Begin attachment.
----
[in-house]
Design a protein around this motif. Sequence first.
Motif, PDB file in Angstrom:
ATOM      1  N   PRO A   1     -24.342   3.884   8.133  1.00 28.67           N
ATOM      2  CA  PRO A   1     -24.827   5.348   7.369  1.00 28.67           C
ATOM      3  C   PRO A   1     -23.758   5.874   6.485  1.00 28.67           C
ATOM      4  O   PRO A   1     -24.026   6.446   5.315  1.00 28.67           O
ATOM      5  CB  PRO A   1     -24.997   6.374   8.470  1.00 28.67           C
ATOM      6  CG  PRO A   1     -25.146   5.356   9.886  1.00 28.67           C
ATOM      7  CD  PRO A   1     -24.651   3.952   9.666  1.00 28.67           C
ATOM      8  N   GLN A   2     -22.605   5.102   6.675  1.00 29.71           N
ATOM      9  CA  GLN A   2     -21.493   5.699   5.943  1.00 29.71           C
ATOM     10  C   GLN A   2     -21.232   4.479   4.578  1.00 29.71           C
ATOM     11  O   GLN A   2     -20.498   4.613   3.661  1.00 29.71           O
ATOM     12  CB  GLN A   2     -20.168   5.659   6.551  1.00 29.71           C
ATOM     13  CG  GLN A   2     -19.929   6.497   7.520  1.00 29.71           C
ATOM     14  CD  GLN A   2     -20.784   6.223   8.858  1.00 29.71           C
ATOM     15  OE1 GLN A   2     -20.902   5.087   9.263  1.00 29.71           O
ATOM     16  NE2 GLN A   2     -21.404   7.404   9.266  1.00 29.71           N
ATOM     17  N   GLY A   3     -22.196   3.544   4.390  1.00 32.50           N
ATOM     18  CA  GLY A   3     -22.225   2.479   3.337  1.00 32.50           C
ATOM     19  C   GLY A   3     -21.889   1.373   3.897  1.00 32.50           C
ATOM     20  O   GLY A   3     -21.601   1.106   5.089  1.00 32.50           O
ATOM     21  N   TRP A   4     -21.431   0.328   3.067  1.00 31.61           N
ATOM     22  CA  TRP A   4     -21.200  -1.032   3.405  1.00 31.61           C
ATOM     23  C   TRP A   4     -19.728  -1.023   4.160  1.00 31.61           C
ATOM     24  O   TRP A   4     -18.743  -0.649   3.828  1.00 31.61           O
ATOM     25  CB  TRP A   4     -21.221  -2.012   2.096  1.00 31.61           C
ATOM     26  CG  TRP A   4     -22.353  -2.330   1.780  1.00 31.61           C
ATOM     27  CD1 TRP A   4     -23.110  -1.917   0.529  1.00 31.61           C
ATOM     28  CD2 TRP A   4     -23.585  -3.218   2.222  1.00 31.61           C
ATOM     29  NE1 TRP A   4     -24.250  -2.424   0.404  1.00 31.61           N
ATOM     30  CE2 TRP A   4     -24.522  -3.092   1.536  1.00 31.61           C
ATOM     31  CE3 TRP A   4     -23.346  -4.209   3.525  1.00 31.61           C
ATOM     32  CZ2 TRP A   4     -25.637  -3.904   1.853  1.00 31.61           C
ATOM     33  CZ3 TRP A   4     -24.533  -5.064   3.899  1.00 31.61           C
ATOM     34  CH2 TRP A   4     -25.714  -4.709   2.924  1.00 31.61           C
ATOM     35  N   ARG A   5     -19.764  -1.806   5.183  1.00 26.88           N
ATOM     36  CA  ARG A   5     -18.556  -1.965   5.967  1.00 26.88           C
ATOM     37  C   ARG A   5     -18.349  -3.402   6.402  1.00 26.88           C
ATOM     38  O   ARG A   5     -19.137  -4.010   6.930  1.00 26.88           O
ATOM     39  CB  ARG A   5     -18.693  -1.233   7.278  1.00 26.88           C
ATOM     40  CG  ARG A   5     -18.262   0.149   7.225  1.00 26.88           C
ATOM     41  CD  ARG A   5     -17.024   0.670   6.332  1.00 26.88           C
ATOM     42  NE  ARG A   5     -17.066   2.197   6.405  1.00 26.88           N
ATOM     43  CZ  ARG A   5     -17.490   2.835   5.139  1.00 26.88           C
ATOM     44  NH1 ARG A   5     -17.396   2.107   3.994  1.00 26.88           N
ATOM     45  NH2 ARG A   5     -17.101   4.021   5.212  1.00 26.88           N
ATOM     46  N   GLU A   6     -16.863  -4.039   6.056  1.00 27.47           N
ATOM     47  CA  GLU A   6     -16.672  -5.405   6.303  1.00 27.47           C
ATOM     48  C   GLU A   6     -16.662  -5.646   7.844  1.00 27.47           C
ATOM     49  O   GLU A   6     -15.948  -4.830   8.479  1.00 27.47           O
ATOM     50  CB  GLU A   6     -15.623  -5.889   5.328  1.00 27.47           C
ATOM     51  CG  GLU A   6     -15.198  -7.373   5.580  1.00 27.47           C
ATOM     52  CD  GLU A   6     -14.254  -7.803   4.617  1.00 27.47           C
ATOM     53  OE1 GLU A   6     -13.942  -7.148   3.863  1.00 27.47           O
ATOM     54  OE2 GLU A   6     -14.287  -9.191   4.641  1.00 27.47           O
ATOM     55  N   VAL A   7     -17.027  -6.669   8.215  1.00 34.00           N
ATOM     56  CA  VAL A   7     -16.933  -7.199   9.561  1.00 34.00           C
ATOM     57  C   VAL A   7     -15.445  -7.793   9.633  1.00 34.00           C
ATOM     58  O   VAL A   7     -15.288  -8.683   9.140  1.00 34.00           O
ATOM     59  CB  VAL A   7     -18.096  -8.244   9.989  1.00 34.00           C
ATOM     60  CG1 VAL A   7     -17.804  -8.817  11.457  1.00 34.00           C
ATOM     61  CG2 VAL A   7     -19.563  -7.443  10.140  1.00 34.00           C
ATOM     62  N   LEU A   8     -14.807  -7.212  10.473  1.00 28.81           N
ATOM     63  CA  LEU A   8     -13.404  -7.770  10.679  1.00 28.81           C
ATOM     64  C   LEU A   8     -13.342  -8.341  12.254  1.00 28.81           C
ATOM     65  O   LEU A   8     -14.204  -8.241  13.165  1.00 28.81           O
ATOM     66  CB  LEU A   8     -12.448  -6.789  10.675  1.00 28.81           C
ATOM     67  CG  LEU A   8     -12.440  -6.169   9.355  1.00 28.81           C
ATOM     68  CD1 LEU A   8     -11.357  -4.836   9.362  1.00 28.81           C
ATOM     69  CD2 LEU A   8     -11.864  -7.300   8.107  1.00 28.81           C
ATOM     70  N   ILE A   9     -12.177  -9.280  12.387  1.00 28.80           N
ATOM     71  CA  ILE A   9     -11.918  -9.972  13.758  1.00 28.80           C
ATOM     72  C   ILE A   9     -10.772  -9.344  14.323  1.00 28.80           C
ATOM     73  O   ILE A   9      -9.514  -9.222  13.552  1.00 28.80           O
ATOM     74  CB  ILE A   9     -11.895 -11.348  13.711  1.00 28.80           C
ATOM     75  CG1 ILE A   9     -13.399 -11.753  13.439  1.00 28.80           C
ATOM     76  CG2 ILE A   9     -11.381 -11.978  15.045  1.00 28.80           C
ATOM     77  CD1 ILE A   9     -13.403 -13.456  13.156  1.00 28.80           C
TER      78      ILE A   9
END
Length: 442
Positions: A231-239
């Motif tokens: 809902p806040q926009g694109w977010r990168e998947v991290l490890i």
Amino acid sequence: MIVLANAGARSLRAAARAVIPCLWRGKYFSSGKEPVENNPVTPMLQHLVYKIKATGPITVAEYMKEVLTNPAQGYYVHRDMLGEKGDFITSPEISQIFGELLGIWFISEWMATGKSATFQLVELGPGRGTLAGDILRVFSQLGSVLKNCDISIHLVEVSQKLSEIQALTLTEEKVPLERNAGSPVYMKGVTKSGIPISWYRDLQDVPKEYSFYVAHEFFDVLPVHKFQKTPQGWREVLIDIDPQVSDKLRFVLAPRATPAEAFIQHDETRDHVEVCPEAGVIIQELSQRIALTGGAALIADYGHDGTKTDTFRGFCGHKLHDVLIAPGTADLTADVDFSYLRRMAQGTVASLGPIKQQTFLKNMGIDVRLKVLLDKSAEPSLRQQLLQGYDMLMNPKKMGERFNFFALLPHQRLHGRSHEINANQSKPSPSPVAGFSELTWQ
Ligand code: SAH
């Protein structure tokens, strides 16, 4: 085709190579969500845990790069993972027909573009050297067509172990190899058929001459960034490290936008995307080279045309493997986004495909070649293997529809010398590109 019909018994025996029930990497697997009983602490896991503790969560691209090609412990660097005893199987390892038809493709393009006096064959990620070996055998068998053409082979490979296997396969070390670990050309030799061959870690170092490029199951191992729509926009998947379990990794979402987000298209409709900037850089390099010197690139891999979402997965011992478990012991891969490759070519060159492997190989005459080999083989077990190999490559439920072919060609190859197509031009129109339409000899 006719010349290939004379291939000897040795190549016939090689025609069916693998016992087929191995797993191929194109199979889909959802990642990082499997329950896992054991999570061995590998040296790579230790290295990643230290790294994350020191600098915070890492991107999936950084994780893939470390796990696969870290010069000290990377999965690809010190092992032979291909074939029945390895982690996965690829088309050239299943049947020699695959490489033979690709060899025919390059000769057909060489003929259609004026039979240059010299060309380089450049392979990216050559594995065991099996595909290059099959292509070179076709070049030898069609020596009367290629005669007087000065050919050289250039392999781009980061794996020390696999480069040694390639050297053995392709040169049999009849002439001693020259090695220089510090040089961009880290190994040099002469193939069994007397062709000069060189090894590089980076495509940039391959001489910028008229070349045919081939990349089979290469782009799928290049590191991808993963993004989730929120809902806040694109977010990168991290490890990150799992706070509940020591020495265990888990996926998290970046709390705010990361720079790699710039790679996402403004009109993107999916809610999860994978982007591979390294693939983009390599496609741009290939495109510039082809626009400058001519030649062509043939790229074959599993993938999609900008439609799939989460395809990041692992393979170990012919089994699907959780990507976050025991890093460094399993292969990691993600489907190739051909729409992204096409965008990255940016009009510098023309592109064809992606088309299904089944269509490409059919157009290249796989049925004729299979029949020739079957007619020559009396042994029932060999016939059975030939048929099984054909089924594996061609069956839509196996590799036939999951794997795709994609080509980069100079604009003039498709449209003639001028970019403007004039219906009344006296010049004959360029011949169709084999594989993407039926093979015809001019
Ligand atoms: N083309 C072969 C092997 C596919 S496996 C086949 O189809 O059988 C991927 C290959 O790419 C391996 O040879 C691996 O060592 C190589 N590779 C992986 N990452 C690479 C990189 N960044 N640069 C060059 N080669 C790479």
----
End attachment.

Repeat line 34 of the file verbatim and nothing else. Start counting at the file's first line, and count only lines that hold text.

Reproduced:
ATOM     31  CE3 TRP A   4     -23.346  -4.209   3.525  1.00 31.61           C